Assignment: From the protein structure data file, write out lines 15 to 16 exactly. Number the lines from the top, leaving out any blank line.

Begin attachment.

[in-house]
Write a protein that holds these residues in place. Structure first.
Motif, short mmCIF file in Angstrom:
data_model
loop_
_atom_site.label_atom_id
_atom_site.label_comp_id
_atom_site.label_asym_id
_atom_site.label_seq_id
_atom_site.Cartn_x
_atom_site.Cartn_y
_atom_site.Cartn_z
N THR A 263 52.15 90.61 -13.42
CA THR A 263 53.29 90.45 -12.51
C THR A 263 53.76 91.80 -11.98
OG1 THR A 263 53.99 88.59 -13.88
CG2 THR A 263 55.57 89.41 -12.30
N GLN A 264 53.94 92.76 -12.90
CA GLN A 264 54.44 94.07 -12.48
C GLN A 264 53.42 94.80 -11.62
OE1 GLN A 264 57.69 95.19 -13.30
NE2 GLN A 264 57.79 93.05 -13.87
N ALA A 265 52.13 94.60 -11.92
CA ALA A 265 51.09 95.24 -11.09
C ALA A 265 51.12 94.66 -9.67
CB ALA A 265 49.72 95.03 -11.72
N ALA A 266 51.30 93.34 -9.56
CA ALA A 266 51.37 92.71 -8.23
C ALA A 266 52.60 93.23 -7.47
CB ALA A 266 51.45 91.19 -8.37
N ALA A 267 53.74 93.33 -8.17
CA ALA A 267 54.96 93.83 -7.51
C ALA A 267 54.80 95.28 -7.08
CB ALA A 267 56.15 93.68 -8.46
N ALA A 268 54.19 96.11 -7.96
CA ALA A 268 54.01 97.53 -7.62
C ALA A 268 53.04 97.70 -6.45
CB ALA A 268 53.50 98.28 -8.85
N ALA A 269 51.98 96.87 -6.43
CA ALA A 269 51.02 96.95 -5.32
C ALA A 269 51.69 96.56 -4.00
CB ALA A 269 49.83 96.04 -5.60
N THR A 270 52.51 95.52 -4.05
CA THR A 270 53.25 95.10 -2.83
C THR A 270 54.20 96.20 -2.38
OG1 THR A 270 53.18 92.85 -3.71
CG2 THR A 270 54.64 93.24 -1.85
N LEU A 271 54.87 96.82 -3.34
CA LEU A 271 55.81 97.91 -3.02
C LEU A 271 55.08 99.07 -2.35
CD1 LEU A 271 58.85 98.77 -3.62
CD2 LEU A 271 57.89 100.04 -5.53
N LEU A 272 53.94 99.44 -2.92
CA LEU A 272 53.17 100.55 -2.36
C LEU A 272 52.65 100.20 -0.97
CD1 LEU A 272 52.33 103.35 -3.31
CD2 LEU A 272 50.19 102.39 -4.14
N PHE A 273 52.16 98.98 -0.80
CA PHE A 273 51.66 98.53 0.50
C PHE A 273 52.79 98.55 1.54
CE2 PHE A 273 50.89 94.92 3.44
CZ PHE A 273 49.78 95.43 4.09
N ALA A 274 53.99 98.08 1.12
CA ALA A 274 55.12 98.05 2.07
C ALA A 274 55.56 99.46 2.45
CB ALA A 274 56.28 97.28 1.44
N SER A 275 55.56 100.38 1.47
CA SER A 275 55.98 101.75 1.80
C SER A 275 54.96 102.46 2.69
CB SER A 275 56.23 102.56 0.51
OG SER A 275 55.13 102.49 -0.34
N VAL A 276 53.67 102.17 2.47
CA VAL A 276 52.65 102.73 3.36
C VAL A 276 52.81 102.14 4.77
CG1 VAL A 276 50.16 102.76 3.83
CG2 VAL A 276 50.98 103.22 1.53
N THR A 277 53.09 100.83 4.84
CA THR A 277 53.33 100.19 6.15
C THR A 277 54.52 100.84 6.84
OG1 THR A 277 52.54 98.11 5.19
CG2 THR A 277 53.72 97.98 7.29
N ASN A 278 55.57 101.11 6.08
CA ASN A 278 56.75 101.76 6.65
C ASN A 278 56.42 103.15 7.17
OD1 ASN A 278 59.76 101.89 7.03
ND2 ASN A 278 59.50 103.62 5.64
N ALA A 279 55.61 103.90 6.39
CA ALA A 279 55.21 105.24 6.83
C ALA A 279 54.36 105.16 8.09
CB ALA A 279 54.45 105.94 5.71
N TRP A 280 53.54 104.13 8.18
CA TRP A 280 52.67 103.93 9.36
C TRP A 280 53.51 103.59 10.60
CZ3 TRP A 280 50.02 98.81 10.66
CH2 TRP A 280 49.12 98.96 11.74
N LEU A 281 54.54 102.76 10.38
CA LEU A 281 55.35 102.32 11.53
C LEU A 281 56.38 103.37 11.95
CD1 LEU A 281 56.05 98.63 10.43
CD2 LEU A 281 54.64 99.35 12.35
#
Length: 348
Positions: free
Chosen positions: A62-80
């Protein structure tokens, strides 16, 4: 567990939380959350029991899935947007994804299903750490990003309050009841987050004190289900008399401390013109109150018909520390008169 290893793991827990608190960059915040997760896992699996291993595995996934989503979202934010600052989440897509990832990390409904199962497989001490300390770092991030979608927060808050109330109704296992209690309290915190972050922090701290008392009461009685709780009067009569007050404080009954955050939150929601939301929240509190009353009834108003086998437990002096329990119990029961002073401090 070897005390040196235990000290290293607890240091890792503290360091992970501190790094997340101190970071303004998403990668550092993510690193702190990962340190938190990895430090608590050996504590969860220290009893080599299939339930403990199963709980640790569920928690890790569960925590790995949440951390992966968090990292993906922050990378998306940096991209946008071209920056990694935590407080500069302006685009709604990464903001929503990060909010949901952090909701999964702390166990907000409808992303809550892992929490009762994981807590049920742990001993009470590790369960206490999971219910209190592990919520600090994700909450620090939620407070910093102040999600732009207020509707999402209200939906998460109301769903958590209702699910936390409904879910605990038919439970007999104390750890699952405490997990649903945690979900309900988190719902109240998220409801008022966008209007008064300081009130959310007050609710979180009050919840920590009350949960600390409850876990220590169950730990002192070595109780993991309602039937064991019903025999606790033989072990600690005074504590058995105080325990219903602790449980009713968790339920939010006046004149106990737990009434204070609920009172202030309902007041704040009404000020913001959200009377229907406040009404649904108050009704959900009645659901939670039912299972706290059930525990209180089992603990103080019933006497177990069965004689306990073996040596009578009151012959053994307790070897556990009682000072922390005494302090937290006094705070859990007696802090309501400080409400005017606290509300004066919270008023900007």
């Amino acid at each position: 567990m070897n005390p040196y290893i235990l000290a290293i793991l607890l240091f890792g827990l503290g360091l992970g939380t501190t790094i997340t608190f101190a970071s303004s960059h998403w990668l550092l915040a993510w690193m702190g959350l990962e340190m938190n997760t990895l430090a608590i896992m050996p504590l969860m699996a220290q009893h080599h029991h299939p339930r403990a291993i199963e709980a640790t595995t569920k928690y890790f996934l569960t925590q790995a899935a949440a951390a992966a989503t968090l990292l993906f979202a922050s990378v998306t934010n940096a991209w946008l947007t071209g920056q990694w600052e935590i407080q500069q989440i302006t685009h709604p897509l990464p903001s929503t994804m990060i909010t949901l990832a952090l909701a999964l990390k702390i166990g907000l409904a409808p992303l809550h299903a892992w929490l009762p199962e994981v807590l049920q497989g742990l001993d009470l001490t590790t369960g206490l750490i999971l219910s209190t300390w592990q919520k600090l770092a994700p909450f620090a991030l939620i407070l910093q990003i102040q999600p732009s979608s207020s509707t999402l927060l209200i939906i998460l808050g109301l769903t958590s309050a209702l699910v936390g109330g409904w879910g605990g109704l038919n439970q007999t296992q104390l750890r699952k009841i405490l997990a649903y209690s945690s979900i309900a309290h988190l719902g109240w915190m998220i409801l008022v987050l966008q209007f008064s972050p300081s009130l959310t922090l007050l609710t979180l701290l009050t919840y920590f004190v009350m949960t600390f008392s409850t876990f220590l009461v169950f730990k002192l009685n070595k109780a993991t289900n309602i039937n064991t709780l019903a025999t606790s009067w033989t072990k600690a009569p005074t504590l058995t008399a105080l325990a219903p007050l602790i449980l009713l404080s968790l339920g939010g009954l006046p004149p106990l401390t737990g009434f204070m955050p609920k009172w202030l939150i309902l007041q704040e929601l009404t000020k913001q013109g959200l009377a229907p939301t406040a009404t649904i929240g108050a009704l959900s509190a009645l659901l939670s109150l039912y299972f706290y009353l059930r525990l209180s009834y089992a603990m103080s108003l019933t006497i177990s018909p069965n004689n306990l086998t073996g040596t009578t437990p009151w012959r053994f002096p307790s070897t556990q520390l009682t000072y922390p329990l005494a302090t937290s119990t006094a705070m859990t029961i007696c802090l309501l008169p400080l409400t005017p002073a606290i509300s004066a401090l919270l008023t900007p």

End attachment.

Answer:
C THR A 263 53.76 91.80 -11.98
OG1 THR A 263 53.99 88.59 -13.88